Benchmark eCommerce Experiences – Learning From The Best

It can be hard to picture your brand as being in the same market as a mega brand like Nike or Apple.

But the fact is that you are. It may also be likely that some customers might directly compare their digital experience of your brand with one of these gigantic companies. As unfair as that sounds, these companies provide a benchmark. 

Customers are not stupid, they know that not every brand they see online is a mega-corporation. They do have baseline expectations that are very much informed by these big eCommerce benchmark companies. Take something like site speed. If you asked a customer directly they would not expect a small upcoming brand to offer super fast speed. But in the competitive world of eCommerce, slow sites get abandoned.

Today we look at the biggest brands around to see what we can learn about how they approach eCommerce. More importantly, we look at what you can emulate and how you can begin to provide a digital experience to rival some of these established brands.

Image of an Apple iPhone
Photo by blocks on Unsplash

Benchmark eCommerce companies REALLY know their products

On many eCommerce sites and marketplaces, product pages can be a bit neglected. But bigger benchmark players use these pages to really show off their knowledge. 

Apple, for example, features a lot of high quality visuals with snappy descriptions. On this page for the upcoming iPhone 13, quality visuals are combined with optimized text that emphasizes key selling points for the new product. More technical data is also featured, but on a separate page so the user does not get overwhelmed by numbers that may not be important to the purchasing decision.

Pomelo marries their product knowledge with current awareness around trends. Fast fashion has been a big topic in relation to climate change recently. Pomelo is aware of this, as they collated a large category page of “sustainable” products for their users. Most of which would be in a demographic that are highly aware of this issue.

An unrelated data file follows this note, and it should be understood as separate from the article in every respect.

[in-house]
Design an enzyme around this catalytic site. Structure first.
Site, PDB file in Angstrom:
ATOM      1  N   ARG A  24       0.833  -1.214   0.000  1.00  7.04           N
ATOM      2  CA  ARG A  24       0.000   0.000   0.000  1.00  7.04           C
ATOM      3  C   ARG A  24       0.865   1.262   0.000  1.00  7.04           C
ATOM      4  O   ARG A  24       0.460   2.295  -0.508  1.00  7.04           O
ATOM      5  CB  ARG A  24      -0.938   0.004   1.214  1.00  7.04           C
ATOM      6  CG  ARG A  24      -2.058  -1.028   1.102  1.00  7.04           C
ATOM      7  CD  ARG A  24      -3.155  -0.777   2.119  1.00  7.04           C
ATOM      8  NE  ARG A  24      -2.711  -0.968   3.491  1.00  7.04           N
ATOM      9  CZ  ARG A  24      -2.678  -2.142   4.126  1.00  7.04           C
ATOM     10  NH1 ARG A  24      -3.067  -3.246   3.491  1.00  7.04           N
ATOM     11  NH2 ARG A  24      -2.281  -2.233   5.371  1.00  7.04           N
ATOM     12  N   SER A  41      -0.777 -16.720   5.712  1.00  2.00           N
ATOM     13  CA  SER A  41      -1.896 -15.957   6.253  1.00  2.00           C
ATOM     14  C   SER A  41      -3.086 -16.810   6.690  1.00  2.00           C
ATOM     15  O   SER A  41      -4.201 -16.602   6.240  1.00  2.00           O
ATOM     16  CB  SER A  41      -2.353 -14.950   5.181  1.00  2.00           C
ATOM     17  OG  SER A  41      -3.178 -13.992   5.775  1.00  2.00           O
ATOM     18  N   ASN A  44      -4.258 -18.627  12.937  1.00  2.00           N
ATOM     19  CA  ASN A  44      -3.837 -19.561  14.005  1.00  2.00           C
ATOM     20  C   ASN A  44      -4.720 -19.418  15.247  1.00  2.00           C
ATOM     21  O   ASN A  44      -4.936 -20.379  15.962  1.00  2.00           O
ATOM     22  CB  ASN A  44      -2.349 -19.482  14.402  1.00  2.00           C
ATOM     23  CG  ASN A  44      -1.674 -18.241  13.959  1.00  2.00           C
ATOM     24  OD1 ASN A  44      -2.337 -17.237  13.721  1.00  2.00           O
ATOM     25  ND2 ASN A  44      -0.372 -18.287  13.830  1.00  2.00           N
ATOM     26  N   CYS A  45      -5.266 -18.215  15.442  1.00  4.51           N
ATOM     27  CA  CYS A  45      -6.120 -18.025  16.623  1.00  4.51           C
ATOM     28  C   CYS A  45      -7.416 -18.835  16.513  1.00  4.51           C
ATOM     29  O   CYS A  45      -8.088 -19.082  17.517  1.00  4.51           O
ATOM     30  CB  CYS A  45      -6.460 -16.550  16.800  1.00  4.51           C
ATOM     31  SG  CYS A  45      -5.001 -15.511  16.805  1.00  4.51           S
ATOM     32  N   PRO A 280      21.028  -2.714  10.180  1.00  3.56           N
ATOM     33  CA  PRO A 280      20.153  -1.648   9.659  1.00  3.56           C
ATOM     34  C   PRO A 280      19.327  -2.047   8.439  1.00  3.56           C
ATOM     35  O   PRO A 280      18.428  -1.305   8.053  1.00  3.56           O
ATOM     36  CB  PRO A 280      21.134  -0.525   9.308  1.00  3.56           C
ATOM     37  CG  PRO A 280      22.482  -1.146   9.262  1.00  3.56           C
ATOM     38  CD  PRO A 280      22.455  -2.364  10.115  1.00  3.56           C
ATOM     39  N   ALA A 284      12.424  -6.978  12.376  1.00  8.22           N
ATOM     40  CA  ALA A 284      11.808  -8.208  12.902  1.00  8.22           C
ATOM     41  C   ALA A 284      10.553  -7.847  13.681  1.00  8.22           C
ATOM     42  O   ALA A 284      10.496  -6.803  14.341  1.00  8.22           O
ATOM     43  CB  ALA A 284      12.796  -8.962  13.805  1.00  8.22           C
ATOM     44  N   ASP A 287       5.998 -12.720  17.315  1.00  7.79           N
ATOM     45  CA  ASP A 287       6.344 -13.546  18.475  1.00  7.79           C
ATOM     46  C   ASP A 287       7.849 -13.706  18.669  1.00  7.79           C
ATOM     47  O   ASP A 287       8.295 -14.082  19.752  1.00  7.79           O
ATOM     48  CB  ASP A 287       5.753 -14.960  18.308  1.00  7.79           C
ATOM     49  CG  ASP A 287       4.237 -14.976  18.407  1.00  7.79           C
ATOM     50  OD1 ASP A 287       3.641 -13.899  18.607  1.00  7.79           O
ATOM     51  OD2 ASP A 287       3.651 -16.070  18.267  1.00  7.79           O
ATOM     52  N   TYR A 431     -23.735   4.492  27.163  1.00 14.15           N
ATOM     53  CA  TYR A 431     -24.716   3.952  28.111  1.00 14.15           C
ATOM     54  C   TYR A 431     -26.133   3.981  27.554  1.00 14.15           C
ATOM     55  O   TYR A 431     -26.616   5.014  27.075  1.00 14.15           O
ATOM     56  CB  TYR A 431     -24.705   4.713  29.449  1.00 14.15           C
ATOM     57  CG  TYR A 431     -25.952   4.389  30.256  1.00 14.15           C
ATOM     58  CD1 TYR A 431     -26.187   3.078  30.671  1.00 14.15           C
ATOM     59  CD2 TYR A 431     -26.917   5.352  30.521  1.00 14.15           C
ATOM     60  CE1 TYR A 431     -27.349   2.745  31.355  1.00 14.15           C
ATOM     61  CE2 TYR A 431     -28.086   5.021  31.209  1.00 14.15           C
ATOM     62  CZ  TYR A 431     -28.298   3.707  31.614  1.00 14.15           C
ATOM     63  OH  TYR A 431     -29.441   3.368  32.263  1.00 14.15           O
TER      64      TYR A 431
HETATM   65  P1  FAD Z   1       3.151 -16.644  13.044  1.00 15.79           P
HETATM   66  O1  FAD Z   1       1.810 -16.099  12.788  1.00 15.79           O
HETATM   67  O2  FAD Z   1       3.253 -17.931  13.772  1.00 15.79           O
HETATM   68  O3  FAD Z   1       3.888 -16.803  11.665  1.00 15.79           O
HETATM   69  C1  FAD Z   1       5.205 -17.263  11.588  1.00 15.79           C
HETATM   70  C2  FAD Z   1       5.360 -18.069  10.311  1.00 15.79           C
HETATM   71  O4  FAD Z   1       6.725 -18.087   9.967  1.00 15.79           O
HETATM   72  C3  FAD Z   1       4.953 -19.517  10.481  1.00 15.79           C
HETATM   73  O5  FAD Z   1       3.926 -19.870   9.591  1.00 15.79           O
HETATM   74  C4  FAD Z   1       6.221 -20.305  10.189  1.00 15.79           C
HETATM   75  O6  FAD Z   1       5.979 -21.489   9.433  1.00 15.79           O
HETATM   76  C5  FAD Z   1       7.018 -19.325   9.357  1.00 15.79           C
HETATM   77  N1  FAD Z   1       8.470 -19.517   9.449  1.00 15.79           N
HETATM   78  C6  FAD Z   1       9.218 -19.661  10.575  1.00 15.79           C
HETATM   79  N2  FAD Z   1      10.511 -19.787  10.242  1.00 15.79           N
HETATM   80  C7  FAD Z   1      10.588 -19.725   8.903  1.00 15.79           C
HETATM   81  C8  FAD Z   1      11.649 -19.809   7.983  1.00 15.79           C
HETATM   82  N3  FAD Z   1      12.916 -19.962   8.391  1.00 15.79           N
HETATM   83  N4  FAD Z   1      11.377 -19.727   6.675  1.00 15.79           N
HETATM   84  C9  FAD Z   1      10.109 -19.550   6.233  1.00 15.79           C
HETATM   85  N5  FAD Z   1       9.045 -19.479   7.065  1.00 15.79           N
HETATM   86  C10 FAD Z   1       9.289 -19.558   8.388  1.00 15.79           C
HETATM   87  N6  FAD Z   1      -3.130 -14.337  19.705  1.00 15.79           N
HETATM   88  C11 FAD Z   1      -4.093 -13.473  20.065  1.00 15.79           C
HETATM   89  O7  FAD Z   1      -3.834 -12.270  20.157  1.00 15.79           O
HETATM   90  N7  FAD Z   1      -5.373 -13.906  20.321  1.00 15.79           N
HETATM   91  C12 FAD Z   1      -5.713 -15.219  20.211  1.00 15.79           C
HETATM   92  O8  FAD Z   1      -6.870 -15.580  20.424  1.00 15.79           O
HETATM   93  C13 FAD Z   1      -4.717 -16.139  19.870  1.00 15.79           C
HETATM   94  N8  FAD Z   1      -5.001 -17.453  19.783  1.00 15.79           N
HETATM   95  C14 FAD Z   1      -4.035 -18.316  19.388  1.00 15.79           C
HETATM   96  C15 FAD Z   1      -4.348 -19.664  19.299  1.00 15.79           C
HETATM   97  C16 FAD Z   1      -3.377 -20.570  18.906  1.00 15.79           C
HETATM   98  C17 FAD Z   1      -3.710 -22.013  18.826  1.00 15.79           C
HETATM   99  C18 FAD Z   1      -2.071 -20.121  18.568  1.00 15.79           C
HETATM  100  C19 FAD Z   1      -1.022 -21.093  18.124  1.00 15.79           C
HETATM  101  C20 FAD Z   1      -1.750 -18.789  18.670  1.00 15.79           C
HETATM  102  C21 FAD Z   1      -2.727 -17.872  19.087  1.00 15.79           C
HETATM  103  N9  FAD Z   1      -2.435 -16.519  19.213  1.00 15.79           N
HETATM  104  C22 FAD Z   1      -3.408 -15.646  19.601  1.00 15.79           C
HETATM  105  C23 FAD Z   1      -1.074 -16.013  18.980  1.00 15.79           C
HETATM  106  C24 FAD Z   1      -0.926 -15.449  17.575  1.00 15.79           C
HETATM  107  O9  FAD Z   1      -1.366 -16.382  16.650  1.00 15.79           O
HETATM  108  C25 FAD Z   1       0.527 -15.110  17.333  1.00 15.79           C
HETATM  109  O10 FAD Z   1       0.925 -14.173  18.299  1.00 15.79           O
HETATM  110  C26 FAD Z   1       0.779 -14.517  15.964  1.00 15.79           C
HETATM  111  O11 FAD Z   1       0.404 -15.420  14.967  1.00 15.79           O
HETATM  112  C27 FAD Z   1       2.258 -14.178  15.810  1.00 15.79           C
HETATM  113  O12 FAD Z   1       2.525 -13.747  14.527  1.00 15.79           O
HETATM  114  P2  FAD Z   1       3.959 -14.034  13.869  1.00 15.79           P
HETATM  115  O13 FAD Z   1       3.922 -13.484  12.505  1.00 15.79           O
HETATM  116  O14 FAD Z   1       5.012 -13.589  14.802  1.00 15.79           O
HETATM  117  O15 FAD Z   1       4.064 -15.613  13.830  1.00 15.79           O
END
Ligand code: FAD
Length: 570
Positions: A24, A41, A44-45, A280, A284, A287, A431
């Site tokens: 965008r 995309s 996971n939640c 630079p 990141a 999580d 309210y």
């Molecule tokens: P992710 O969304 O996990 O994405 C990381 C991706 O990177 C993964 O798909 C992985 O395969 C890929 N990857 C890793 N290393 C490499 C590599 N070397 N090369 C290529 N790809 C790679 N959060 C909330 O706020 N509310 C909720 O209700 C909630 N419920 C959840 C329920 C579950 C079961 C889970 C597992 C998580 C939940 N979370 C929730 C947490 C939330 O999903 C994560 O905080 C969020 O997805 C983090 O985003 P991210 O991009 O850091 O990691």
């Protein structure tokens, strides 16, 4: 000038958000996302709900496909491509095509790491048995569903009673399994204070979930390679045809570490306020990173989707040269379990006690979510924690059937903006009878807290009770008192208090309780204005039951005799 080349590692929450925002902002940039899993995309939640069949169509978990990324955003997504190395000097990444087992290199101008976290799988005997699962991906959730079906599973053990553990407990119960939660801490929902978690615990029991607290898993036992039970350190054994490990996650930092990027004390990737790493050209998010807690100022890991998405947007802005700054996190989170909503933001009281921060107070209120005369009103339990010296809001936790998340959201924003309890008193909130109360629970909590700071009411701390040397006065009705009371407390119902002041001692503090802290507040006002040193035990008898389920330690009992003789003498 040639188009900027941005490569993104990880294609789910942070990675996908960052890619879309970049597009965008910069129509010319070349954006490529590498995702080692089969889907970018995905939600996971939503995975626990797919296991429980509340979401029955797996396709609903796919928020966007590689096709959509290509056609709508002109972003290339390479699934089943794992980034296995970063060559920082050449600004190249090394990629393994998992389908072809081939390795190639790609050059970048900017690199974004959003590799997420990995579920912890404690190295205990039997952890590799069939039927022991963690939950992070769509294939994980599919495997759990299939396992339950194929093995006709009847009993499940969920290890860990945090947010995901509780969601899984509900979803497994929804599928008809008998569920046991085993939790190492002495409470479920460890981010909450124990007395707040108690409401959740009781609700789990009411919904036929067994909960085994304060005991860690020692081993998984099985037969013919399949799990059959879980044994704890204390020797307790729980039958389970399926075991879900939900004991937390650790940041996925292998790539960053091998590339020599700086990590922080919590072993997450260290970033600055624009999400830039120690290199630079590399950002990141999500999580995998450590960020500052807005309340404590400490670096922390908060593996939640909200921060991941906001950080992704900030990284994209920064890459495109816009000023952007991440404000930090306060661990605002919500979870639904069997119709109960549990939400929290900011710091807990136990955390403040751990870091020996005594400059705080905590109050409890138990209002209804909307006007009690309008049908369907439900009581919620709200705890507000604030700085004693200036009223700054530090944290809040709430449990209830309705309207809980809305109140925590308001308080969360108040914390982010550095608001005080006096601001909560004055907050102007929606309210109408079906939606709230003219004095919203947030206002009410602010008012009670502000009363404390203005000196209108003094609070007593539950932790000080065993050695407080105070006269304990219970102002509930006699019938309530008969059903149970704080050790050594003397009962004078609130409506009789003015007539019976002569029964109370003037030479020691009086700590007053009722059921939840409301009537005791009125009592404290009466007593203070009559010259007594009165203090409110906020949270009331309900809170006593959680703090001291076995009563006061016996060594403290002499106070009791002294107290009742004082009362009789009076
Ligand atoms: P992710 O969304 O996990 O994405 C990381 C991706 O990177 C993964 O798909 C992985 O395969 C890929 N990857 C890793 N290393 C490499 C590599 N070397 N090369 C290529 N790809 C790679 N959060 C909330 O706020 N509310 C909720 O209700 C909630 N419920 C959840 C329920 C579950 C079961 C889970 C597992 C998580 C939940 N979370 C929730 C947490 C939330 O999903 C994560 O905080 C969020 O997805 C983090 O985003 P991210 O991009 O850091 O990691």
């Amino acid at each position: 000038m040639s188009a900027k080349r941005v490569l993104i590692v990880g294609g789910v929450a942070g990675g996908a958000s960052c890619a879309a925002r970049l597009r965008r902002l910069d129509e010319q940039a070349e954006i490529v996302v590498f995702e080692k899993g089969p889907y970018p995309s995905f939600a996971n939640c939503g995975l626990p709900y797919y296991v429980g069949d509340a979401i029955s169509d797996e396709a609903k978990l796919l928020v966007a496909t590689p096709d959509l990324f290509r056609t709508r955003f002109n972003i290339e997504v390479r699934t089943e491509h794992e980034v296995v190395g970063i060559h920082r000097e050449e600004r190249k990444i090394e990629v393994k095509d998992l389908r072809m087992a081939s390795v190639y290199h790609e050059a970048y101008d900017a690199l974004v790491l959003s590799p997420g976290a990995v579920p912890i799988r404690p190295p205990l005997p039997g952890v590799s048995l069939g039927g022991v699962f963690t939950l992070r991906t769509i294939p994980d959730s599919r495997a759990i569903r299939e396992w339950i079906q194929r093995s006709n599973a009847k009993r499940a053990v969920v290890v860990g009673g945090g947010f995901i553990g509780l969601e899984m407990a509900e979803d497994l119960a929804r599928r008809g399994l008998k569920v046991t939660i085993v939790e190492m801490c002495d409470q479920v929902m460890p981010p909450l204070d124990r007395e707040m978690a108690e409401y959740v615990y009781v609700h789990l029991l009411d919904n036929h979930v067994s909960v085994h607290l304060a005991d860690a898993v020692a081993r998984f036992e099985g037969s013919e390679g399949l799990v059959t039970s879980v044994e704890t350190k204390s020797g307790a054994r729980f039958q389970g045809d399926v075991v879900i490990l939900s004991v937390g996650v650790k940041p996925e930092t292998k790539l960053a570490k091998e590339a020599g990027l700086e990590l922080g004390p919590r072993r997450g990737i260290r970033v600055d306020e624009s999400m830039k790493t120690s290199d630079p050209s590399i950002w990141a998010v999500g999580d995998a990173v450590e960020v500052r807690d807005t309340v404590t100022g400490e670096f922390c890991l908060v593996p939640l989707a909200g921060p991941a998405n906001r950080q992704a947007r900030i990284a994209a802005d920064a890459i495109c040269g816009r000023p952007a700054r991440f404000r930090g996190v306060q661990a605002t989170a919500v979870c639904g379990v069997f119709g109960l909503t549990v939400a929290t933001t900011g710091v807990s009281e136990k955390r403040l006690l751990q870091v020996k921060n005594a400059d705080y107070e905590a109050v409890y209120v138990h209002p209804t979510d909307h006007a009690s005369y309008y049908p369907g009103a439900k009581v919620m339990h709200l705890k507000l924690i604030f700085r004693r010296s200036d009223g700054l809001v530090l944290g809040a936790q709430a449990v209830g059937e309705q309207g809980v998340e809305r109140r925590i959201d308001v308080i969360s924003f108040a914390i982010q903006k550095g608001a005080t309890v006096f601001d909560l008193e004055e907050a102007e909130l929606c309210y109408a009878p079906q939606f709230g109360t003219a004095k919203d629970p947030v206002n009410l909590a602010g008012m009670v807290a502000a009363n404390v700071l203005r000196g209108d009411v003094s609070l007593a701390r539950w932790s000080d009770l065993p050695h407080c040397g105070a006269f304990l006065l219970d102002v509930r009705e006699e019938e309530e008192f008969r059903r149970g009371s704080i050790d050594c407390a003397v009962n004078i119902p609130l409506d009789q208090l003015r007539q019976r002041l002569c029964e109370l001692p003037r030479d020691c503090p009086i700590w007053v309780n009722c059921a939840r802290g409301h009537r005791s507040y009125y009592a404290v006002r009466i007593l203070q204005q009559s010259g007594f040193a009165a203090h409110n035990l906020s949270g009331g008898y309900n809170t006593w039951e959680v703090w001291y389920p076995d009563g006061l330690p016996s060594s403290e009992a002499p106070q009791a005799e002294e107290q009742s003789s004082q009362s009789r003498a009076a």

This IKEA page for a towel features 7 high resolution shots, a description, a full breakdown of materials, instructions on how to care for the product and details around sustainability. That’s for a towel! One towel!

It can be difficult for many smaller eCommerce players to compete with this level of depth for product pages, as they can feasibly number in the thousands. But this is the level of depth a lot of customers expect. If your site cannot provide in-depth details on the products you sell, users are almost certain to go elsewhere to research the product. They may not come back.

From an SEO standpoint, product pages for an eCommerce store are your best chance of ranking for higher volume queries in your local area. So do not neglect them!

Actions You Can Take:

  • Find the core selling “message” of your products and emphasize it
  • Invest time and resources into your product and category pages
  • Write descriptive and succinct copy for all product pages
  • If that is not possible, pick key products and expand to others later
  • Invest in high quality photography and video

Benchmark eCommerce - Picture of an abandoned trolley
Photo by Joshua Hoehne on Unsplash

Benchmark eCommerce companies are obsessed with the customer

Being customer obsessed is more than providing good customer service. Providing the best customer service and support you possibly can is a given.

But being a customer-centric company, like Amazon, Zappos or Haier is different. It is about putting the customer at the heart of every aspect of your organization. Customer-centric businesses provide great customer experiences, amazing service and support both before and after the sale.

Being customer obsessed is also as much about organizational culture as it is an eCommerce operation. A commitment to deliver true customer value requires a lot of cultural buy-in. In fact, Zappos are pretty open about moving staff that are not the right fit for this kind of mindset.